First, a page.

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Amory B. Lovins is cofounder and CEO of Rocky Mountain Institute (RMI), a 20-year-old, 50-person, independent, nonpartisan, entrepreneurial, market-oriented, nonprofit applied research center in Old Snowmass, Colorado. RMI fosters the efficient and restorative use of natural and human capital to make the world secure, prosperous, and life-sustaining. Half the Institute's $6 million a year budget comes from business consultancy.

A consultant experimental physicist educated at Harvard and Oxford, Mr. Lovins has received an Oxford MA (by virtue of being a don), eight honorary doctorates, a MacArthur Fellowship, the Heinz, Lindbergh, World Technology, and Hero for the Planet Awards, the Happold Medal, and the Nissan, Mitchell, "Alternative Nobel," Shingo, and Onassis Prizes; held visiting academic chairs; briefed 16 heads of state; published 28 books and several hundred papers; and consulted for scores of industries and governments worldwide, including many major electricity, oil, gas, car, and technology companies.

In the 1990s, Amory Lovins founded, led, spun off as E SOURCE and sold to the Financial Times group in 1999 a team that conducted perhaps the world's deepest examination of advanced techniques for the efficient use of electricity through integrative design. This later expanded into a broad approach to making very large resource savings cost less than small or no savings. He also co-founded and led the most detailed utility experiment in this area (PG&E's ACT2); developed most of the methods now in use for making markets in saved energy; codified 207 "distributed benefits" that can typically increase the economic value of decentralized generators by an order of magnitude; and shaped much of the electricity policy agenda since the mid-1970s. His 1976 Foreign Affairs paper "Energy Strategy: The Road Not Taken?"--widely credited with having redefined the energy problem in end-use/least-cost terms--suggested a level of year-2000 U.S. energy consumption that is within a few percent of its actual value. In 2000-01, he convened the National Energy Policy Initiative, which reached a strong, visionary, bipartisan consensus on U.S. energy strategy.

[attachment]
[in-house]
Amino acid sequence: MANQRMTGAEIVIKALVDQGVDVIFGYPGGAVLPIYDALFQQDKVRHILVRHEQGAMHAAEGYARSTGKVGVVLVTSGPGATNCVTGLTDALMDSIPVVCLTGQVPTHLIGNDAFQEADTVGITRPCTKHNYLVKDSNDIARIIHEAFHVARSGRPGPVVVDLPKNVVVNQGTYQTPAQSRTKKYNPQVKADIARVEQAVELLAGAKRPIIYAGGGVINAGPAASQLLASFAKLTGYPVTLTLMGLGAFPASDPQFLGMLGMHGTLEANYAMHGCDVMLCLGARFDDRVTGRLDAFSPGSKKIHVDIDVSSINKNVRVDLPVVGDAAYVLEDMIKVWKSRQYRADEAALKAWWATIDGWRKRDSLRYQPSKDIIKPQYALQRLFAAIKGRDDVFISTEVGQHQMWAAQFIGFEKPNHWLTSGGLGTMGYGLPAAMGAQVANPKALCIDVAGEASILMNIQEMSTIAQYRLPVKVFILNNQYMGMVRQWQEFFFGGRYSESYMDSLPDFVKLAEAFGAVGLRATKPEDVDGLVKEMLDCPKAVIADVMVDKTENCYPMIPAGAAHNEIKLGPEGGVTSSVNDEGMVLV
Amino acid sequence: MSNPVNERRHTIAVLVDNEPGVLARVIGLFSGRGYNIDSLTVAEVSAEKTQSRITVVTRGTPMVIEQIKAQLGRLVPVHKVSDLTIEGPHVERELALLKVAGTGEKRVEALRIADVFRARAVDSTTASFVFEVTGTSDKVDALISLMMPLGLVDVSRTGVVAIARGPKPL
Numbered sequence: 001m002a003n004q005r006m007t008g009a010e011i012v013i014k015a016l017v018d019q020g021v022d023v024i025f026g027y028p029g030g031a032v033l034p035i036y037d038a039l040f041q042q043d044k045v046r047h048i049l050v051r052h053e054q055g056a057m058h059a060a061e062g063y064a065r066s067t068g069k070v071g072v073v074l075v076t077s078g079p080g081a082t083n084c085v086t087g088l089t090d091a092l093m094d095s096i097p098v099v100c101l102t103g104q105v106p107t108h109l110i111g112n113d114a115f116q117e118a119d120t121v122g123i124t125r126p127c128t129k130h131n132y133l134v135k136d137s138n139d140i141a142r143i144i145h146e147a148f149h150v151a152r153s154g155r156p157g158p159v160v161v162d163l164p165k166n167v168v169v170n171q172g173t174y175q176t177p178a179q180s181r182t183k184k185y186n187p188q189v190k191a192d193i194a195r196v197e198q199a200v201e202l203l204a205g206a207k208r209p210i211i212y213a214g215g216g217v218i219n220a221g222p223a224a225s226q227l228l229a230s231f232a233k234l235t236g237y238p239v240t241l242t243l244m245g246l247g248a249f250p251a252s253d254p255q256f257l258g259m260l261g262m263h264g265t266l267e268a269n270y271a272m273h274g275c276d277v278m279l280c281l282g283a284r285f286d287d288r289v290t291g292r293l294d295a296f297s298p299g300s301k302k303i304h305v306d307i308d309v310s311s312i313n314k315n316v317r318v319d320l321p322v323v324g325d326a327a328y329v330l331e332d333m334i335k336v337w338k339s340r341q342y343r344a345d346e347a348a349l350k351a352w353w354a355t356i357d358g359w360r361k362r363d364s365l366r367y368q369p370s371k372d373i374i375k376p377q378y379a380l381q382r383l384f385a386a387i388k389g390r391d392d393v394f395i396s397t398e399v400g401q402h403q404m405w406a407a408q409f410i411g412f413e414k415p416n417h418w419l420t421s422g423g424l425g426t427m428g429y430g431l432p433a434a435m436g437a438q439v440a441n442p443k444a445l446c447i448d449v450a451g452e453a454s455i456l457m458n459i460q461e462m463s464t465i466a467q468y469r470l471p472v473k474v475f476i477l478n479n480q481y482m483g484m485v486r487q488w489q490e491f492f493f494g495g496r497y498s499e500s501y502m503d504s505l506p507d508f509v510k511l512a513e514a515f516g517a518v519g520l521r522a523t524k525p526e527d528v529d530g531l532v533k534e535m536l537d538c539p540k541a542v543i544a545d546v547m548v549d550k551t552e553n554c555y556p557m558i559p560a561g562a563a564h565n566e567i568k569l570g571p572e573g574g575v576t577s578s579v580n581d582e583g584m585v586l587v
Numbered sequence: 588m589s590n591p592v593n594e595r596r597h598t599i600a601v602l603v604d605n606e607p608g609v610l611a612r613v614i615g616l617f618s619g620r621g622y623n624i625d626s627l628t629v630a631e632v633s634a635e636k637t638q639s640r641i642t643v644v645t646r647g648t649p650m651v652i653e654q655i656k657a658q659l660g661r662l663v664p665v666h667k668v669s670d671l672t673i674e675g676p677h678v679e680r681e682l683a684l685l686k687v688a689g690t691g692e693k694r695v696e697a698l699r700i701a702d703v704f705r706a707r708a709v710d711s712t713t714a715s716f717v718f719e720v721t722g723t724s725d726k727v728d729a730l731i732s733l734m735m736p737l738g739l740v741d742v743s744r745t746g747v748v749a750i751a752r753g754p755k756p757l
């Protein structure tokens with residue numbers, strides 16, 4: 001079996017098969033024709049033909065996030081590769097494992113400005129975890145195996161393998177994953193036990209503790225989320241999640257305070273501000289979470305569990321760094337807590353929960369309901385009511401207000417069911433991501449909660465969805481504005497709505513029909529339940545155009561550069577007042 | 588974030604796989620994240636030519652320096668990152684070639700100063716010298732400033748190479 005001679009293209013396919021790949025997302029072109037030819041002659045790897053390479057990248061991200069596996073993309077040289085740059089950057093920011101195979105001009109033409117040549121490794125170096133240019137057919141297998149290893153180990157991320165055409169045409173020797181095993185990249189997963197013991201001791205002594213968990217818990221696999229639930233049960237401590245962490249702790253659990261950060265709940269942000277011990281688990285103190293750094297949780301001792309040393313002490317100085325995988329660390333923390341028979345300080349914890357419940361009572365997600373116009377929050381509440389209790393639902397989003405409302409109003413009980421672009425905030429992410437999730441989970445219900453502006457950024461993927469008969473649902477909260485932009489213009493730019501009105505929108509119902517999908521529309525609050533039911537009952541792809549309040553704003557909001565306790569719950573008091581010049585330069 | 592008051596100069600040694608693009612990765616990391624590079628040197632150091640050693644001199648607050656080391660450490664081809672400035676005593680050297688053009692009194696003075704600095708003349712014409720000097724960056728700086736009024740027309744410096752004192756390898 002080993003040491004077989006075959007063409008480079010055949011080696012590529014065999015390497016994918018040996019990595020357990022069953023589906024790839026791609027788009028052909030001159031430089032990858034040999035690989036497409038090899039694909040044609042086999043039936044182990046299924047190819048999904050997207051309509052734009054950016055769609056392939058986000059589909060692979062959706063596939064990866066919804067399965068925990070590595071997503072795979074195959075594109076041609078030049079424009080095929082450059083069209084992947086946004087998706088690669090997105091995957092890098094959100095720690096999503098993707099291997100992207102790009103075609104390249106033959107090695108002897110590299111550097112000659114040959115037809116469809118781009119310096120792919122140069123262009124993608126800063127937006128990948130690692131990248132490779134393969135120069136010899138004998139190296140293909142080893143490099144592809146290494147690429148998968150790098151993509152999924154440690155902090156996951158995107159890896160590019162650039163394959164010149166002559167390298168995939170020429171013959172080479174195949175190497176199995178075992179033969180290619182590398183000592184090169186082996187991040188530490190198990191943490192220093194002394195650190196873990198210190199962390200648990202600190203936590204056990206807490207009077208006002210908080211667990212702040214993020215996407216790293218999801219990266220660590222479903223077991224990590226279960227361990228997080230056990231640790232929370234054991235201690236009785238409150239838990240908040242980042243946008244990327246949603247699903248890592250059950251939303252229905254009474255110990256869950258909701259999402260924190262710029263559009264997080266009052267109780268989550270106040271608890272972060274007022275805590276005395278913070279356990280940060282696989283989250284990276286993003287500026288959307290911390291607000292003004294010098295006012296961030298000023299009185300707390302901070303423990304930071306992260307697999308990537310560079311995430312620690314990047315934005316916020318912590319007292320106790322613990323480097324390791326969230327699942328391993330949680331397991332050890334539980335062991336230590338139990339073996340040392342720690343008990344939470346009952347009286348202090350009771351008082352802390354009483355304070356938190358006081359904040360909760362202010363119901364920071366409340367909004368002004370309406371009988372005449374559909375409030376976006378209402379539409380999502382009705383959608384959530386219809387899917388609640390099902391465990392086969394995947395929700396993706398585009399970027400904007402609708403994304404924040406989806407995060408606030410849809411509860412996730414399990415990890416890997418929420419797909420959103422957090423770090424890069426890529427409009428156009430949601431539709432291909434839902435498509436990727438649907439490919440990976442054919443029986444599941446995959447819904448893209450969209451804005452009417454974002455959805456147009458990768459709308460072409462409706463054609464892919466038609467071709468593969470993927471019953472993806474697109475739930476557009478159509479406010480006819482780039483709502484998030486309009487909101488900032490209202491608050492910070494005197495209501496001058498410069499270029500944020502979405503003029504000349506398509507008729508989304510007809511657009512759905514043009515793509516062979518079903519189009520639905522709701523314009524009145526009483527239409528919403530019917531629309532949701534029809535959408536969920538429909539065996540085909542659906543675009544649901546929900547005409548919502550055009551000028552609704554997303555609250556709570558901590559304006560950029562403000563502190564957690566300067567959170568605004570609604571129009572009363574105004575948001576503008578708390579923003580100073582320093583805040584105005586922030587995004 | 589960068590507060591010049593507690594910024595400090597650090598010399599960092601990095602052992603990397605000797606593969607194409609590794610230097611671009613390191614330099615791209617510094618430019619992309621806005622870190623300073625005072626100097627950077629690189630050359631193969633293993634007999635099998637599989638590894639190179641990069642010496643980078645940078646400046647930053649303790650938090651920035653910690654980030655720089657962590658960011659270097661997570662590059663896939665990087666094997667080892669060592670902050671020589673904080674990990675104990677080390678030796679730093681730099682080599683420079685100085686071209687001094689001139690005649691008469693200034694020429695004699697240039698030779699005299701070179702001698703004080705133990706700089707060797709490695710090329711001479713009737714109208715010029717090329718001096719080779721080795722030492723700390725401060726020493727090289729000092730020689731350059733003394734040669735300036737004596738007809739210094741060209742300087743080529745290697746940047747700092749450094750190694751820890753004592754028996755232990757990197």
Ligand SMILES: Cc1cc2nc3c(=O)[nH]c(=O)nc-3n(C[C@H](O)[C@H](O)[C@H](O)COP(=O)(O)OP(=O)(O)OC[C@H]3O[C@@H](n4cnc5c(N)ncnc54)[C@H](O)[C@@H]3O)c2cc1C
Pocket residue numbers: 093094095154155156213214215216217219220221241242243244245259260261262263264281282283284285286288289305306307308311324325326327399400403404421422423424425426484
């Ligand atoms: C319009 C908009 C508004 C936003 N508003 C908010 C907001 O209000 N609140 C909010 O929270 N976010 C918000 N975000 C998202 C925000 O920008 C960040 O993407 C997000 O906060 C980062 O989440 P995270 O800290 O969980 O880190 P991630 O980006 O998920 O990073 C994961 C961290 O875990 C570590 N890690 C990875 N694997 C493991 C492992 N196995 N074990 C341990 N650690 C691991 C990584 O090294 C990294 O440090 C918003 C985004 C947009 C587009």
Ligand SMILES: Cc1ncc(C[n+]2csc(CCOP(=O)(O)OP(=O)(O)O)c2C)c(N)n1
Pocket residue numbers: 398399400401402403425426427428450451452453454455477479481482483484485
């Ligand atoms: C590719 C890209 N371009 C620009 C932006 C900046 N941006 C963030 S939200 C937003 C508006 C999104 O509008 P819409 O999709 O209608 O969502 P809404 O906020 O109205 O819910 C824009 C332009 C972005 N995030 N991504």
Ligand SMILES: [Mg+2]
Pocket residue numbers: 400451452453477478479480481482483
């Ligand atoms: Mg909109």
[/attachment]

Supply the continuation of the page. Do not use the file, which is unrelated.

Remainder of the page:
In 1990-91, Mr. Lovins invented the Hypercar® concept--a new way to design and build cars, integrating ultra light, ultra-low-drag platforms, hybrid-electric drive, and radically simplified, software-rich design. He led RMI's Hypercar Center in a $3-million exploration and incubation of this concept until 1999, advising many automakers and suppliers worldwide on how to take advantage of it. He put the concept into the public domain in 1993, contributing to the rapidly spreading transformation of the automotive industry and the commitment of private capital thousands of times RMI's R&D investment. In 1999, he spun off a small technology development company, Hypercar, Inc. --which he chairs and in which (to declare an interest) he holds minor equity options--to develop Hypercar designs and technologies that support the industry's transition. The firm has raised over $9 million in private equity and has developed an illustrative, production-costed, manufacturable, midsize SUV concept car designed around a breakthrough manufacturing technique for affordable carbon-fiber autobodies. The vehicle is uncompromised, competitively priced, zero-emission, and quintupled-efficiency. Such designs also permit a rapid and profitable transition to a hydrogen economy.